"Pursuant to the arbitration clause in the partnership agreement, the petitioners demanded arbitration to determine the effect of the transfer restrictions on valuation and the validity of the bequest of the decedent's interest in Hewlett Associates to the Sunshine Foundation. The arbitrator, Dennis Konner, found that the "the attempted transfer of partnership interests in Hewlett Associates by the Will of Pearl Kalikow without the consent of Edward Kalikow and Laurie Platt is barred by the Certificate." Thereafter, this court confirmed the arbitrator's decision by decision dated September 26, 2008 (Dec. No. 429). By decision dated March 31, 2009 (Dec. No. 851), this court determined that Edward and Laurie's actions in pursuing arbitration did, in fact, trigger the in terrorem clause in the decedent's will" (2-3).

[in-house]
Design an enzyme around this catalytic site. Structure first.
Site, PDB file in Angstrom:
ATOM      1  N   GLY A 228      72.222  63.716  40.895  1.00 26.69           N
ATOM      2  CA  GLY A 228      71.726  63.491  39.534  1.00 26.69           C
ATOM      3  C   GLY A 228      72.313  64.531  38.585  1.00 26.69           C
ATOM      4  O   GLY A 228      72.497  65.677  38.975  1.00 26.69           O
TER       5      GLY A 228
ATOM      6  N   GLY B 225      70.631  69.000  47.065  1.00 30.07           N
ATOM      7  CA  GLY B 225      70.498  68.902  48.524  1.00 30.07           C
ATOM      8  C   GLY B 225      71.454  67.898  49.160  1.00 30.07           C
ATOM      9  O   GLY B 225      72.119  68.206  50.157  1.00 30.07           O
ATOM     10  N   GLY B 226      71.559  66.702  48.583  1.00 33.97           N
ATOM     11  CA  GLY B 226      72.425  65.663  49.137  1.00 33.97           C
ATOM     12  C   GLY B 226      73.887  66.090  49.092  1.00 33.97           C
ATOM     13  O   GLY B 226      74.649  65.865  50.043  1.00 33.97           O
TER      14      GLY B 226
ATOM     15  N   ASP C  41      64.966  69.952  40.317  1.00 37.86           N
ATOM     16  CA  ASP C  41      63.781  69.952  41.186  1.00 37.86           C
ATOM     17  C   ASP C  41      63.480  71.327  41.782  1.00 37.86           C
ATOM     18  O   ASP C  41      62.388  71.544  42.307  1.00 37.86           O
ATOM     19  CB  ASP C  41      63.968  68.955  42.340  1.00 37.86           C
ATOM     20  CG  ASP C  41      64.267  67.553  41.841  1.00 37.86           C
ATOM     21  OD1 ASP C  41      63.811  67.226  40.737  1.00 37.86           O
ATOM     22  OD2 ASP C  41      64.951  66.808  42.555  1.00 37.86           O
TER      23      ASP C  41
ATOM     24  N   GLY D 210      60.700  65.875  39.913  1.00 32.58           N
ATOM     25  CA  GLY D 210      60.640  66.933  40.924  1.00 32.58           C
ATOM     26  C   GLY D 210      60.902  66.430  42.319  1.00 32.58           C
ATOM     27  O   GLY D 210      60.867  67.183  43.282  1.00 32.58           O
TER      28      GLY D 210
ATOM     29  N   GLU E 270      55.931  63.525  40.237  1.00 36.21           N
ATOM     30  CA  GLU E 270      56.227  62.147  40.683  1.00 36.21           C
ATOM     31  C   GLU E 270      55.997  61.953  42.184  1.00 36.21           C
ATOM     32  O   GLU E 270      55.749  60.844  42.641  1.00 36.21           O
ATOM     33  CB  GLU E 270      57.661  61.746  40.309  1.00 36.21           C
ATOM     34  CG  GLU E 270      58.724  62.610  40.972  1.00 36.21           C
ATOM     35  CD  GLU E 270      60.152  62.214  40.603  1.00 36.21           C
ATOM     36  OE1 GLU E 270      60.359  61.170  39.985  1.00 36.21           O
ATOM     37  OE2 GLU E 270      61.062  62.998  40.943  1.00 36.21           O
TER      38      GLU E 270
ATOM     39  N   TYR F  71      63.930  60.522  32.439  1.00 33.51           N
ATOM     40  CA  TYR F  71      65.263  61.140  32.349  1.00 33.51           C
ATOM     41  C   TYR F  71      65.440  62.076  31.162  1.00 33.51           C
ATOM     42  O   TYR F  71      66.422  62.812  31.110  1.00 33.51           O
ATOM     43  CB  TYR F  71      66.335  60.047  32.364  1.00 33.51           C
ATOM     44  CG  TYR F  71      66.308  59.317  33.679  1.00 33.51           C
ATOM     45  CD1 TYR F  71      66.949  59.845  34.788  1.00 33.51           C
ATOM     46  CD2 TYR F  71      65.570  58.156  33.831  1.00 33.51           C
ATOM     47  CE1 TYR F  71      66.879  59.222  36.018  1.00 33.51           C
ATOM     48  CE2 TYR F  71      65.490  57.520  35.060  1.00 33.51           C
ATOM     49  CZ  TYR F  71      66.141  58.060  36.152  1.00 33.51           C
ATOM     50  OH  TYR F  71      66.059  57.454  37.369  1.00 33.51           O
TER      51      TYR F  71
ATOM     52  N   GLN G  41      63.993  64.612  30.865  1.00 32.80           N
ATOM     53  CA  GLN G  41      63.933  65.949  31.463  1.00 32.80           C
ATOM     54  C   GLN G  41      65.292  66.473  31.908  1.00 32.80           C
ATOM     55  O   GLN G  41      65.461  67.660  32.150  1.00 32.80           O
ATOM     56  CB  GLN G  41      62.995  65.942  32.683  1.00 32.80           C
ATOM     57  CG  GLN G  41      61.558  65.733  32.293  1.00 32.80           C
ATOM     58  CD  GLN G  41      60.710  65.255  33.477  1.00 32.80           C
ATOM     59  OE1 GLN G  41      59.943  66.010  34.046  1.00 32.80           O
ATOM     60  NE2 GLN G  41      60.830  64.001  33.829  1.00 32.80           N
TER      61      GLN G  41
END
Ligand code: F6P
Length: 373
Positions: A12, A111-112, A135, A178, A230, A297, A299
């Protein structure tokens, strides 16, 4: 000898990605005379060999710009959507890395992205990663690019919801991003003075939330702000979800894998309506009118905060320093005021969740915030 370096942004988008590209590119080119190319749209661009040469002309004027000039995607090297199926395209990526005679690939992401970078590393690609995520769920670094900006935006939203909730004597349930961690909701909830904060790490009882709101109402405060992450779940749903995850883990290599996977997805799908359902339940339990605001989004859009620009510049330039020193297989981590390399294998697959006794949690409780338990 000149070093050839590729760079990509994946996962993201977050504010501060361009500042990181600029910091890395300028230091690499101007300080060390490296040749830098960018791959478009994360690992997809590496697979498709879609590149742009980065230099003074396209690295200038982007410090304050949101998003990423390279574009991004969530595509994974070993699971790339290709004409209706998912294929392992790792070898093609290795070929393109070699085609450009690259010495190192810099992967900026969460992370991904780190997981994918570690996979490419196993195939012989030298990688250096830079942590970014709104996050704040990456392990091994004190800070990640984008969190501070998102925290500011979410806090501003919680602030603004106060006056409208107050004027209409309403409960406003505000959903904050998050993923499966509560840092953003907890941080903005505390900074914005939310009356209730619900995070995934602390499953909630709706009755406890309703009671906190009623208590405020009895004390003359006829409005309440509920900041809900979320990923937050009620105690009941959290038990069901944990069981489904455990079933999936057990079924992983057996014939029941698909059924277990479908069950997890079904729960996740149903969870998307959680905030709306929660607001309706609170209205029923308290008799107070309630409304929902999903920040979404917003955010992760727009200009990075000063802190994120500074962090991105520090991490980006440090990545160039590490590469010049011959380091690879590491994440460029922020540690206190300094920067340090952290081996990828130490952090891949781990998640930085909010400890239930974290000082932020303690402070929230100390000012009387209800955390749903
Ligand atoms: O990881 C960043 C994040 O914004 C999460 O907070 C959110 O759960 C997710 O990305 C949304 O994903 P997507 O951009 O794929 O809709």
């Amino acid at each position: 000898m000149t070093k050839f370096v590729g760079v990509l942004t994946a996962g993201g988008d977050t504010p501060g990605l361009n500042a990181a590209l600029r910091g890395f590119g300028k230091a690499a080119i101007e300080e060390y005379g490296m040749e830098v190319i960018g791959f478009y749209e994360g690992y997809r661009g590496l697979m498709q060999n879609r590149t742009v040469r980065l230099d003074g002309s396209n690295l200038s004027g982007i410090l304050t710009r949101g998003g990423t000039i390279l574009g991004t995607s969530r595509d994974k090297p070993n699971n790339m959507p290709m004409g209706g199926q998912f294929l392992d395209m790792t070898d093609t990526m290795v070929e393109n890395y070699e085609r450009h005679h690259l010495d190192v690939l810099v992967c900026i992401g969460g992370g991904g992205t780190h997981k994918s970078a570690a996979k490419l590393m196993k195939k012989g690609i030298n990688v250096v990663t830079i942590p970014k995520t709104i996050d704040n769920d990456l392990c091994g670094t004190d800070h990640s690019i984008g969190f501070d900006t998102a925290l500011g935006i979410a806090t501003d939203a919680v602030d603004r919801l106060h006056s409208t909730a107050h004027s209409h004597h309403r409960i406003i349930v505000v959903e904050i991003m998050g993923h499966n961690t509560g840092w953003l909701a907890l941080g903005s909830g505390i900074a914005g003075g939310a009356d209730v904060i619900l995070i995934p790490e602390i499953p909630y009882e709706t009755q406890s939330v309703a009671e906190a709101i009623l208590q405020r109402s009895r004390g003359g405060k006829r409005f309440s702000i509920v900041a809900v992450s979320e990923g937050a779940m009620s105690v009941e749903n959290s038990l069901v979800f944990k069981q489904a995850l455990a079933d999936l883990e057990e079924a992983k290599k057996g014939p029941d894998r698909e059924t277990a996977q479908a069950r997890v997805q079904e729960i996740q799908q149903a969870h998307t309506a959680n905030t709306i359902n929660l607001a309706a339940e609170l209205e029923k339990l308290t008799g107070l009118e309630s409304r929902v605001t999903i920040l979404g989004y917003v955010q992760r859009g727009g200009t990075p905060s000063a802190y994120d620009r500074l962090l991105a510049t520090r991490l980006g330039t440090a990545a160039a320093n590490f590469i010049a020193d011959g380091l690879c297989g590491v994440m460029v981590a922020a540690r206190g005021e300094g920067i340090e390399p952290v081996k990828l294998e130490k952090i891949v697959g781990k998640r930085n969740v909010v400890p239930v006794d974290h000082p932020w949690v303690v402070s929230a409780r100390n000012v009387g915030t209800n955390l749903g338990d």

In re Nestorovski Estate, 283 Mich.App. 177 (Mich.Ct.App. 2009)
"In summary, we hold that to the limited extent that In re Meredith Estate barred arbitration of probate disputes, that holding lacks continued viability because it has been superseded by more recent legislative developments and intervening changes in the court rules. Further, the central holding of In re Meredith Estate lacks applicability here, because all interested parties had notice of the contemplated arbitration, agreed that the arbitration would supply a binding resolution regarding Vlado's testamentary capacity, and actively participated in the arbitration process. Therefore, In re Meredith Estate does not preclude the instant parties from conducting binding common-law arbitration of probate disputes, including the question of testamentary capacity" (196).